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Genes don’t cause cancer, but genetic mutations can. Our cells have about 22,000 genes, which consist of DNA packed into chromosomes inside the cell nucleus. These genes control a wide range of functions, including cell growth and division. When the genes misbehave or mutate, cancer can develop.

Sometimes these mutations are inherited. In that case, they are called germline mutations, and they are found in almost every cell of the body.

You’re probably familiar with the idea that cancer can run in families. For example, if your mother had breast cancer, you might be at risk for developing it one day. Of course, having a higher risk due to a germline mutation doesn’t mean you will develop cancer.

“You inherit two copies of most genes in your body: one from your mother and one from your father,” explains Judy Garber, MD, MPH, director of the Center for Cancer Genetics and Prevention at Dana-Farber.  “If you have a germline mutation in one copy of a particular gene, the other copy would usually be normal.”

Mutations are generally required in both copies for cancer to occur.  People born with a mutation in one copy are likely to acquire a mutation in the other more quickly – much as a baseball batter with one strike will probably reach a two-strike count faster than a batter with no strikes.

Scientists have discovered a variety of gene mutations that are more susceptible to cancer, such as BRCA1 and BRCA2, which are involved in the development of breast cancer. Being able to identify such genes allows specialists to screen people with a family history of cancer to find out if they carry mutations in these genes.

However, only about 5-10 percent of all cancers are the result of these germline (hereditary) mutations. Somatic mutations, on the other hand, occur in otherwise healthy cells. When a cell acquires enough mutations, it may become cancerous, meaning it is now able to grow and divide without control.  These mutated genes exist only within the cancer itself, not the rest of the body.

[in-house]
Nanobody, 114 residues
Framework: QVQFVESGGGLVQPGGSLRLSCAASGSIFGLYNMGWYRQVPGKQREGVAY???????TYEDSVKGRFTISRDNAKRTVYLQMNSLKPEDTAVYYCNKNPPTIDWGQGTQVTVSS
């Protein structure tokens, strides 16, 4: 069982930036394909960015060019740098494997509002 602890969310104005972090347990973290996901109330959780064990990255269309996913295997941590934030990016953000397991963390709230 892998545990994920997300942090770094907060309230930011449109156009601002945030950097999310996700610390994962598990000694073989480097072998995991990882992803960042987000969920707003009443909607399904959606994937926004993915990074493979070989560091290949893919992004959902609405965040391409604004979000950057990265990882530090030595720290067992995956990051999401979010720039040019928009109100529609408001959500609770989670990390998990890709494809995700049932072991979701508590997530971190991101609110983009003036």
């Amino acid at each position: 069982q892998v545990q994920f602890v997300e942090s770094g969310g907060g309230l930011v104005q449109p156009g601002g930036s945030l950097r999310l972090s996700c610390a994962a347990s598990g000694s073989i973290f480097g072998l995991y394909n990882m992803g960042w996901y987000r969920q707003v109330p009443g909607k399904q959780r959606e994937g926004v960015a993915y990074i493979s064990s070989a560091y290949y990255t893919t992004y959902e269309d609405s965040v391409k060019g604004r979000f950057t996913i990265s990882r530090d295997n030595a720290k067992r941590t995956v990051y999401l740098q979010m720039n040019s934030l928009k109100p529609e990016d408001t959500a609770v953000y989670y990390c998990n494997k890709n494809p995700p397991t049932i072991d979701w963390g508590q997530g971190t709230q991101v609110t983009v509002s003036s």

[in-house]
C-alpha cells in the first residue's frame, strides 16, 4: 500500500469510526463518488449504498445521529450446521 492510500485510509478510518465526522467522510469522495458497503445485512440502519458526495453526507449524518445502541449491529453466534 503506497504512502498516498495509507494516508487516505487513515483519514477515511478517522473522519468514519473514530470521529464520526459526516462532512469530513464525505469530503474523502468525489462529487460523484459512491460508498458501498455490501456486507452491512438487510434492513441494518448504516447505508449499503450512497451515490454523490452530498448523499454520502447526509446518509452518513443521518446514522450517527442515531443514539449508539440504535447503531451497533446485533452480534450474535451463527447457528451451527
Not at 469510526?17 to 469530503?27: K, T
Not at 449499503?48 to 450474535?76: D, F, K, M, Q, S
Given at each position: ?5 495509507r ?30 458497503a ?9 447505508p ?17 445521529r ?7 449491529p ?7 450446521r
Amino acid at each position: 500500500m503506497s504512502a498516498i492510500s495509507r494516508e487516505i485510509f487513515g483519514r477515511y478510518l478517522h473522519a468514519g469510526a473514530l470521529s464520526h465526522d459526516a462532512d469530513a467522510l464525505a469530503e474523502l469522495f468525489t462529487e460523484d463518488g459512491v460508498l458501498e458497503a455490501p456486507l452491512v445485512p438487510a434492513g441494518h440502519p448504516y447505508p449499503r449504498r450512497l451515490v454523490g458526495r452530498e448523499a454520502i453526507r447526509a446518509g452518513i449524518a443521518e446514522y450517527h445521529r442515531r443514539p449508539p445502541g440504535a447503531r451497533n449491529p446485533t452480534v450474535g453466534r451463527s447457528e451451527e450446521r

They make excellent targets for so-called “smart” drugs that take aim at specific mutations. Smart drugs are able to attack cancer cells with less harm to normal cells than traditional chemotherapy.

The Profile research project, launched last year by Dana-Farber and Brigham and Women’s Hospital, is concerned with both types of mutations. Adult patients can have their leftover tumor tissue screened for nearly 500 somatic mutations suspected of being involved in cancer. They can also donate normal cells – from a simple cheek swab or blood draw – for germline studies of genes that may predispose them to developing certain cancers.

If you are concerned about a history of cancer in your family, you can make an appointment at Dana-Farber’s Center for Cancer Genetics and Prevention. To reduce your general risk of developing cancer, don’t smoke, follow a healthy diet, get the right cancer screenings, and exercise regularly. Learn more about taking control of your cancer risk.

Courtesy of Dana-Farber Cancer Institute

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